Corey: This is Screaming in the Cloud, we tend to make fun of Amazon service names almost constantly. So I'm right there with you. Naming things is super hard. The easiest thing in the world trust me on this one is, getting up and making fun of a name that someone else has picked. So I have some sympathy for that. One thing I do want to call out because, I mean I've talked a fair bit of smacks so far about different management styles and I've alluded to people in my past. I want to go a bit on the other side of that spectrum.
If anyone is in southern California and near Pasadena, there's a company there called Everbridge. Their GM and vice president of technology operations is a guy named Shane Garoutte. I haven't worked for him in 10 years. But he remains the bar by which I measure every manager I've had since. He's still the best boss I've ever worked for. I think back frequently to conversations that we had about times I broke things, times I broke things worse than that, times I broke things and was astounded that I hadn’t been fired for that.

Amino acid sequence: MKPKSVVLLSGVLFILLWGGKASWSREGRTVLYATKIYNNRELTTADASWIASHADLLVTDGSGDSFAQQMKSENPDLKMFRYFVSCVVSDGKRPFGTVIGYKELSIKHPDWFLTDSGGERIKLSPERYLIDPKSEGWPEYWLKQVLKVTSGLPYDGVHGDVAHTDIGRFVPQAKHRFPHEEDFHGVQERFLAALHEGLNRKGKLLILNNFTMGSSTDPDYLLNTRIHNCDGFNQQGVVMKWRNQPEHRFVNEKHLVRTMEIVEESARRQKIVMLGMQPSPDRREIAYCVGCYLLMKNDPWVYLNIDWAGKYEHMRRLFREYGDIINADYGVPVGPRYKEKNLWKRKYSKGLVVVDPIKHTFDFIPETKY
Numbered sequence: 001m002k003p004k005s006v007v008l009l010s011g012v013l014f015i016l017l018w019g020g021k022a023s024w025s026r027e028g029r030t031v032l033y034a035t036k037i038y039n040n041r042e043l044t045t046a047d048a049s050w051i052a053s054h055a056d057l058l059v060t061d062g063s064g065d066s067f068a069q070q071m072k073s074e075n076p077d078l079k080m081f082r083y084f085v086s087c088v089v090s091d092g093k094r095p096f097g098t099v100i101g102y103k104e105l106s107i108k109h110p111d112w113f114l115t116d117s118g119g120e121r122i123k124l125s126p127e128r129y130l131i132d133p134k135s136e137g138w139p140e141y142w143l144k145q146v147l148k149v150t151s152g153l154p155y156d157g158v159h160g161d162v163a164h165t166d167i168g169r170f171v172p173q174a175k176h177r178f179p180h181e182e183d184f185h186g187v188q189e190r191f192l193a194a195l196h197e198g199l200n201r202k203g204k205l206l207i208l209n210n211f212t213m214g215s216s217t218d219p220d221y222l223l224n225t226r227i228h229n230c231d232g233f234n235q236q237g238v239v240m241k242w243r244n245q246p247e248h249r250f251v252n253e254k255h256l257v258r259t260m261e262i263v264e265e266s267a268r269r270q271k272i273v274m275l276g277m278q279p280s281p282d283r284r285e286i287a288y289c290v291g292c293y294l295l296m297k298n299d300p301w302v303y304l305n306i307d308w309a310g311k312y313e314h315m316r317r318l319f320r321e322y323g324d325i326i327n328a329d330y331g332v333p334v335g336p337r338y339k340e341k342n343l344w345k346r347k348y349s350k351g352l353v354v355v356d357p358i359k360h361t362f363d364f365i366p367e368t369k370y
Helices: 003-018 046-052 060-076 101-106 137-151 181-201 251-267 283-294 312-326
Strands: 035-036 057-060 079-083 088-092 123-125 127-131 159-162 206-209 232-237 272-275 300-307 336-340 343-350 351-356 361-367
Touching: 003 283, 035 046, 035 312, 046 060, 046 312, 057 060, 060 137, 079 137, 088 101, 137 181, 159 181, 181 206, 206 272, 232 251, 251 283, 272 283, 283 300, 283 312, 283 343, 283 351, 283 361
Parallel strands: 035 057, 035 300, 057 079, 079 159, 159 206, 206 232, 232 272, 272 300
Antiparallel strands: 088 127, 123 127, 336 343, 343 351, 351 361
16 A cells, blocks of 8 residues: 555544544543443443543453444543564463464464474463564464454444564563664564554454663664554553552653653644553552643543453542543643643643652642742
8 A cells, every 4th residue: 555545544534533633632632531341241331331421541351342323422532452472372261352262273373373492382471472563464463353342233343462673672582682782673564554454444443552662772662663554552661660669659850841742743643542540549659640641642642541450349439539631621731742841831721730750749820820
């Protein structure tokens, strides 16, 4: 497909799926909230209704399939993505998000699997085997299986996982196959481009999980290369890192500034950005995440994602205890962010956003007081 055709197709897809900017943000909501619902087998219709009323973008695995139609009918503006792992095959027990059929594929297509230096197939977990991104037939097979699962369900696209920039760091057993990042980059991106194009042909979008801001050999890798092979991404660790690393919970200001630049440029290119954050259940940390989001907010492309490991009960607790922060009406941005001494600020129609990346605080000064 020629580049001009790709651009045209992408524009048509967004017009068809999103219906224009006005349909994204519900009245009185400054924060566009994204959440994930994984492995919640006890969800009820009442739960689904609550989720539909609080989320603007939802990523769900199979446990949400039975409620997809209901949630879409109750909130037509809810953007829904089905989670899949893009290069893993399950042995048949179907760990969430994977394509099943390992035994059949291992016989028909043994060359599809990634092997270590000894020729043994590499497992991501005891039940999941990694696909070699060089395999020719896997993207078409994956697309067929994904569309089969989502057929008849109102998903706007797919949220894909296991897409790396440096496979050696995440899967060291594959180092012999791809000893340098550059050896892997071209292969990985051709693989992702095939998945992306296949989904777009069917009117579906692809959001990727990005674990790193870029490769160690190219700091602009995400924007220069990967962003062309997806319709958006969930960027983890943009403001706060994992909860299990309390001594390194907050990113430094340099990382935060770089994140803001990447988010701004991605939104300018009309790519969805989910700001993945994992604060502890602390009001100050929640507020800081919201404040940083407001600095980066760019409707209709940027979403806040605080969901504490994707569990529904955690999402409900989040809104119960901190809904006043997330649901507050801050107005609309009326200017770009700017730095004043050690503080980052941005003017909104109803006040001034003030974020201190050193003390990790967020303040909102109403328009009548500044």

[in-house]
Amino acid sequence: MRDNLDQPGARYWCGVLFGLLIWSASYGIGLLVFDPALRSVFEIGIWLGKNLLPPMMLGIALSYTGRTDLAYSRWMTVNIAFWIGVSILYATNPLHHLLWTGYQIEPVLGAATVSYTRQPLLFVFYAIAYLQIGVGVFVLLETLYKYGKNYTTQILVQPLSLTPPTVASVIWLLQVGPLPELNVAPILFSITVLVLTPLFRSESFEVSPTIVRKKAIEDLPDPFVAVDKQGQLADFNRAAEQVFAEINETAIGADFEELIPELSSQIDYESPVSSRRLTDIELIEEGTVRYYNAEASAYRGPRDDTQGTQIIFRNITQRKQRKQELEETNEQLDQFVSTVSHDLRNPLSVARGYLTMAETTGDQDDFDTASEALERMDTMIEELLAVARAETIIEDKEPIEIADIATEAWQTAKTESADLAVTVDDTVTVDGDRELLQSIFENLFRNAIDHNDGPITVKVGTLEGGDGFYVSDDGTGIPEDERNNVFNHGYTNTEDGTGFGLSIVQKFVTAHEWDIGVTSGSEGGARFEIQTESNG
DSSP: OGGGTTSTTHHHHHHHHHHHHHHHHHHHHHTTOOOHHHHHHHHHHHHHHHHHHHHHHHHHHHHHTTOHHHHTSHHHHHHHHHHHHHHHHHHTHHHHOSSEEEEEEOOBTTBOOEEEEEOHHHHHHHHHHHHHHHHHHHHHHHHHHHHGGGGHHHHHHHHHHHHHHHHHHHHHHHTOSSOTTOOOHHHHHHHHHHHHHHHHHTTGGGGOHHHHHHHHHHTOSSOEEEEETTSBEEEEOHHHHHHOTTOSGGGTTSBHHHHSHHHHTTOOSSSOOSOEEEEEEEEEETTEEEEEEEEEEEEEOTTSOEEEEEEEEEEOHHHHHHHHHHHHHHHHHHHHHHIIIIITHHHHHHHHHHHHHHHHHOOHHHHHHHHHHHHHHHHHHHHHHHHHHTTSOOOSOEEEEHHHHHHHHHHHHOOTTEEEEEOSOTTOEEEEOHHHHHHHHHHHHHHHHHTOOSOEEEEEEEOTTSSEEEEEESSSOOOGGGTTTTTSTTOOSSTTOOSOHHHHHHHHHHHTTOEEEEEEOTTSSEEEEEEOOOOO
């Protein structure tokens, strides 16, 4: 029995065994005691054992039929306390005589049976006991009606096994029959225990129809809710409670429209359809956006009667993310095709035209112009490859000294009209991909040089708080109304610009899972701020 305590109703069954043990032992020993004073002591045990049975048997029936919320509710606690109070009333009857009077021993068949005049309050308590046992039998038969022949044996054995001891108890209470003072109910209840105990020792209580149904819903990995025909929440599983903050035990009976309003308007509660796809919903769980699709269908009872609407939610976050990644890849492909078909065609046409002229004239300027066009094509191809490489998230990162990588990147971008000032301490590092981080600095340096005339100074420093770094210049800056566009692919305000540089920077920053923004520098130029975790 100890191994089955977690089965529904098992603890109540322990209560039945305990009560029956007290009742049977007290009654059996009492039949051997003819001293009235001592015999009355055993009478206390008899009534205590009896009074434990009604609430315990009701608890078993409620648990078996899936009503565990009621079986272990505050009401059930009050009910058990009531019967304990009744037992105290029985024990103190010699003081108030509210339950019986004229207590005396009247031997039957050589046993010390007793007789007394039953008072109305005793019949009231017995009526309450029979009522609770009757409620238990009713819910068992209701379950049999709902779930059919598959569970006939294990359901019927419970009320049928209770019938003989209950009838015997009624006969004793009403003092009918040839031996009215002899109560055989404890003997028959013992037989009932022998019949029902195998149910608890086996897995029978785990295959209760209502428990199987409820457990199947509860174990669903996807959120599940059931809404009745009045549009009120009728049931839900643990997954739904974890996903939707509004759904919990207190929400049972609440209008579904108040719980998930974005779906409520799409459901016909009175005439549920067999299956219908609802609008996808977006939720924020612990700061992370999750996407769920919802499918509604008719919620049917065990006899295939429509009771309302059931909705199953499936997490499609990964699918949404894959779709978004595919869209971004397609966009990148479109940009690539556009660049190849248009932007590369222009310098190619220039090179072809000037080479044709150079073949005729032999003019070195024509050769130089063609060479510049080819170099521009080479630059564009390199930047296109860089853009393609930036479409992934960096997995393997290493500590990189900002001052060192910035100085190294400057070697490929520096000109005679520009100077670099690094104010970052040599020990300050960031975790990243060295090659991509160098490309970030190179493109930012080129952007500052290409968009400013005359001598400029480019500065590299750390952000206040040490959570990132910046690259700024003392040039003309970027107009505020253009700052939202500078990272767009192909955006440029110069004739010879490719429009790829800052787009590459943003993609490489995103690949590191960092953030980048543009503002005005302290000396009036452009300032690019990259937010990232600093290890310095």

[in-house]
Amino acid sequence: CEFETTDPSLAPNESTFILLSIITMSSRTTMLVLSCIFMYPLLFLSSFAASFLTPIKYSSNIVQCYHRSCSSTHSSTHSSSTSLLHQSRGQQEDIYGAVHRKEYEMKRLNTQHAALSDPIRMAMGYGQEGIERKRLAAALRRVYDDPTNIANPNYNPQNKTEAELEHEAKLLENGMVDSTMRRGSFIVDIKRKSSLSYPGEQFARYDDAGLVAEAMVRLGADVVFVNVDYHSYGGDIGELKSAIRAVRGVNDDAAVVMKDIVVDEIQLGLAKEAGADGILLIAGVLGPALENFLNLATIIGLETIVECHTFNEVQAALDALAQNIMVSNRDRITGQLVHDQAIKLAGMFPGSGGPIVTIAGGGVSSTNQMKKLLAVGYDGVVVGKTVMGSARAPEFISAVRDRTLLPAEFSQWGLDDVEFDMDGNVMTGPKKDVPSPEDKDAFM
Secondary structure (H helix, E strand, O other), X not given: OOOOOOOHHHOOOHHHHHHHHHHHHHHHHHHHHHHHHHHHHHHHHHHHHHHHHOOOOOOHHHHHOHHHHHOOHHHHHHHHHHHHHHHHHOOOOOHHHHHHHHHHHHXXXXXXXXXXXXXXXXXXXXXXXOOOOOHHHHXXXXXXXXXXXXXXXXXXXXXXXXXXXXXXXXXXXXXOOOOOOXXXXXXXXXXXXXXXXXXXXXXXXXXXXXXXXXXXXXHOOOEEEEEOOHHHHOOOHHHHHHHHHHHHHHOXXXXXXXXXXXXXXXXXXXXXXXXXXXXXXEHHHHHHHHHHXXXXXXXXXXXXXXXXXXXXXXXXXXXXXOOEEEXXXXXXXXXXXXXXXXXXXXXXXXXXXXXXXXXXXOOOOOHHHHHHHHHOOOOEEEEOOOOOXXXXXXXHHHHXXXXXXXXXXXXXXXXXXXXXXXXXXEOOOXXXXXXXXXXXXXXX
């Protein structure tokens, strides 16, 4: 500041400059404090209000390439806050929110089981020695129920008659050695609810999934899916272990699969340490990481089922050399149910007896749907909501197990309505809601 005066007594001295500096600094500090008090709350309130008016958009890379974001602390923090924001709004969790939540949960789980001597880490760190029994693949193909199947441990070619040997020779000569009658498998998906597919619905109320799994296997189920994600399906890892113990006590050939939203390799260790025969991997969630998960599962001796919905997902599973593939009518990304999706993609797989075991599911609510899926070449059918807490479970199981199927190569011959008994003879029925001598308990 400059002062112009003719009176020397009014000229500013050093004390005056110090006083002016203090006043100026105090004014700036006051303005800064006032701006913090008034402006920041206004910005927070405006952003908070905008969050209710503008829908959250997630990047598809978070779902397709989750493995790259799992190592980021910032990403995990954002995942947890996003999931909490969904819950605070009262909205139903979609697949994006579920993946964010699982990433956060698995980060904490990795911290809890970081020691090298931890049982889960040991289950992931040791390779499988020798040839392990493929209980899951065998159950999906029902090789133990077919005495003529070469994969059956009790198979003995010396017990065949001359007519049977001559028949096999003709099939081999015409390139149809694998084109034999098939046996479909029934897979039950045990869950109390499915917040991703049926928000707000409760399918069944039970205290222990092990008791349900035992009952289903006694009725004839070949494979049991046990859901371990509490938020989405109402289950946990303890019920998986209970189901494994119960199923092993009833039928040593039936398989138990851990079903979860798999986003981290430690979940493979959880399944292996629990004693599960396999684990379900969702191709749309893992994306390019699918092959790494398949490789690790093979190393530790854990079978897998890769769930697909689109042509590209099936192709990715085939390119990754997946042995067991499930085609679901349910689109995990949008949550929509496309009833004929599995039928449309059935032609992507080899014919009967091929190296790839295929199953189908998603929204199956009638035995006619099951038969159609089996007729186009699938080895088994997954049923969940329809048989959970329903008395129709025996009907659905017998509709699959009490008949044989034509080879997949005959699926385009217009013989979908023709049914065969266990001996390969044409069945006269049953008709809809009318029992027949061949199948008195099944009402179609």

And it's one of those things you see looking back in hindsight of the forces that shape you. So I firmly believe that people can shape careers from the right perspective. That's why messaging in this context is such an important issue for me. I'll throw a link to his LinkedIn profile in the show notes. I'm sure he'll wonder why suddenly everyone is wanting to talk to him at some point, or no one will because it turns out that only my family listens to this podcast, we'll find out. But it's definitely something that has the power to shape the course of someone else's life. This isn't like most open source projects where I throw something up there and write some documentation and maybe it helps someone and maybe it doesn't. This has an impact, getting this right matters in a way that almost nothing you'll do technically ever will.